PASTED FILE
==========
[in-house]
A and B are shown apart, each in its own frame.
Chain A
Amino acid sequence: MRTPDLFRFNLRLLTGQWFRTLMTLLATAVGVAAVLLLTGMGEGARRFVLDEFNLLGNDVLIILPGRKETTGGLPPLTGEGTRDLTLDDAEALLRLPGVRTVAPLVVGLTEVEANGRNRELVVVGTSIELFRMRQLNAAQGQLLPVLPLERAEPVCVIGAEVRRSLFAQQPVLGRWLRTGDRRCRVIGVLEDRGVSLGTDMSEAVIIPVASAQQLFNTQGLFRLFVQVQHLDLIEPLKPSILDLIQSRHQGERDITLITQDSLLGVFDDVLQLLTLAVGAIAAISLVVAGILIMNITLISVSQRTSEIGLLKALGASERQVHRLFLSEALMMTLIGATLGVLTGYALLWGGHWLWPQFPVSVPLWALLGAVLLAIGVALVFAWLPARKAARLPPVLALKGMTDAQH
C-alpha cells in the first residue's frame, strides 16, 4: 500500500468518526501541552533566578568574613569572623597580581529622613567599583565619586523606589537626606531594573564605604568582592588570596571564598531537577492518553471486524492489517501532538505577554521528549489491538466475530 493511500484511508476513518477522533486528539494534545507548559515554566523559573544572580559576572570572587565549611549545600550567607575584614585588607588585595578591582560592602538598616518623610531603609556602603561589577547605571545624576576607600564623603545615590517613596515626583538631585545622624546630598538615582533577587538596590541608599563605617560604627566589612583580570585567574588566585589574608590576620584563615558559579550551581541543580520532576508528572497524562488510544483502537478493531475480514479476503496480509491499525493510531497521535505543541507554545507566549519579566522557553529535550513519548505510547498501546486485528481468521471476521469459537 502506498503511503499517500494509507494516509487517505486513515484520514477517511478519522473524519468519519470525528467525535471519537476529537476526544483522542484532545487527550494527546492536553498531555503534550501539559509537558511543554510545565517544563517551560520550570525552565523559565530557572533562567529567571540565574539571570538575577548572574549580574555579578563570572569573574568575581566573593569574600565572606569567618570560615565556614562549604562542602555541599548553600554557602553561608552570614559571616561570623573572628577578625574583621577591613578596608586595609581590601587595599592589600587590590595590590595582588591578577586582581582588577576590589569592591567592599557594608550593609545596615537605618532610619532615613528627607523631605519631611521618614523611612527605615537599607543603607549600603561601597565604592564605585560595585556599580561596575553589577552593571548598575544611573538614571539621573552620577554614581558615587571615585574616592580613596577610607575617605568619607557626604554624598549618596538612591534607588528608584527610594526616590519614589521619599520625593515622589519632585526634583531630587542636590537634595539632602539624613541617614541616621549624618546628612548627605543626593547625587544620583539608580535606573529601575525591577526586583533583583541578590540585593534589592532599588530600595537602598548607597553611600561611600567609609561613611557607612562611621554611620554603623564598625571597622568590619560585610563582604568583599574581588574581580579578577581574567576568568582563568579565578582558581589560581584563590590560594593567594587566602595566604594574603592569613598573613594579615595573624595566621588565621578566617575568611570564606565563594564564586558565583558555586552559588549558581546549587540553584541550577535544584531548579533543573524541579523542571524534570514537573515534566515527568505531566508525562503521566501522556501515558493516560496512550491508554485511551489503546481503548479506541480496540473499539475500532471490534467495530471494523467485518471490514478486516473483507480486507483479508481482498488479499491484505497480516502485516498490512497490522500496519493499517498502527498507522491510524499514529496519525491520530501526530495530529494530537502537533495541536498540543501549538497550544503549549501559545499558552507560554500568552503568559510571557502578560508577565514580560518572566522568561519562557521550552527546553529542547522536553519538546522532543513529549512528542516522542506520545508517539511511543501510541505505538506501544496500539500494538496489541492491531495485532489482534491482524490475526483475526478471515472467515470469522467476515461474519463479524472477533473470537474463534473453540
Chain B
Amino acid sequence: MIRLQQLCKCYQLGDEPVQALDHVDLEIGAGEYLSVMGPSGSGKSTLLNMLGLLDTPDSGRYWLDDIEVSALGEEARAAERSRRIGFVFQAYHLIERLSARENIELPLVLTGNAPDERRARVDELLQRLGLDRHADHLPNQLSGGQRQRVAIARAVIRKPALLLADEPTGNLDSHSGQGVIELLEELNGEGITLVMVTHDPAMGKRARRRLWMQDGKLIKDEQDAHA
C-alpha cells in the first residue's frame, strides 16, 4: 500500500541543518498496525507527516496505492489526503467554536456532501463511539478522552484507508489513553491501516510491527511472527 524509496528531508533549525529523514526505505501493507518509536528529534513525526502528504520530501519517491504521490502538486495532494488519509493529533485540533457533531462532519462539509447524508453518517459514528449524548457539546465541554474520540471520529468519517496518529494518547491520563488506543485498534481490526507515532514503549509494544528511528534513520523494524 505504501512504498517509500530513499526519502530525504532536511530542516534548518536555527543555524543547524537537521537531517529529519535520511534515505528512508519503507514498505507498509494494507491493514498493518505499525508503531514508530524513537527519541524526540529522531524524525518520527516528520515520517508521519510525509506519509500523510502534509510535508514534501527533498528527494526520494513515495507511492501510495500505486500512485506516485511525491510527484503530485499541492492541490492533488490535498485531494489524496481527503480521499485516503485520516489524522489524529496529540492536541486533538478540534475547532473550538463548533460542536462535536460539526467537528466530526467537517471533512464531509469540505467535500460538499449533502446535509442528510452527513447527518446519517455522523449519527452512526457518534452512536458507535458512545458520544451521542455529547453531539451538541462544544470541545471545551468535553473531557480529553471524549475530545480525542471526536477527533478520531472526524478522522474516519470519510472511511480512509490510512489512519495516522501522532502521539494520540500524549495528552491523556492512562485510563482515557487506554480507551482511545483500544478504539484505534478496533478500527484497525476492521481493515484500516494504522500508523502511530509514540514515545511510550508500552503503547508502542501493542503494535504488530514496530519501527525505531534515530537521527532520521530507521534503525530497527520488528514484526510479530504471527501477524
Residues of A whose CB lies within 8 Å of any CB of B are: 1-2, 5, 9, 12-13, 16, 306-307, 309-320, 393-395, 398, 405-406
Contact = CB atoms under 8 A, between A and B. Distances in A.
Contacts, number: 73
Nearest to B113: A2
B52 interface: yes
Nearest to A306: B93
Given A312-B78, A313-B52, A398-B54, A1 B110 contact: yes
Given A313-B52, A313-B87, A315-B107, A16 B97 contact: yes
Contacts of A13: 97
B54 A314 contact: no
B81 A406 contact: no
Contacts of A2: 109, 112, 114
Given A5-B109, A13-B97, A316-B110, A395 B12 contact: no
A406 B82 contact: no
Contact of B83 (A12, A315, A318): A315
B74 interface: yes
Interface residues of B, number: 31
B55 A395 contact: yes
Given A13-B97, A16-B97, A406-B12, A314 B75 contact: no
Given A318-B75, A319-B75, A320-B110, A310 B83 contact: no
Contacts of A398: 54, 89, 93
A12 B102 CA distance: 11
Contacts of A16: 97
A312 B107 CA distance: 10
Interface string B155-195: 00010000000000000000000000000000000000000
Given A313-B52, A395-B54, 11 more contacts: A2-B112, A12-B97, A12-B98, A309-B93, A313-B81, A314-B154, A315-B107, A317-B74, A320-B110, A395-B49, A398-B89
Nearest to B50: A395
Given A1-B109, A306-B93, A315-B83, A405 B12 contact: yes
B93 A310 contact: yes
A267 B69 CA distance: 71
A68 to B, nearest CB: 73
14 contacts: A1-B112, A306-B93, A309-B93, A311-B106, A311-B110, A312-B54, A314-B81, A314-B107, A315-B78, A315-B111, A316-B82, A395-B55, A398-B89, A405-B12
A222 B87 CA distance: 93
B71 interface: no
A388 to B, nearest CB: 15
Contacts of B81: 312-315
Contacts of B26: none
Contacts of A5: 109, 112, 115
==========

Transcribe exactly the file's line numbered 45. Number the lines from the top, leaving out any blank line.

Contacts of B26: none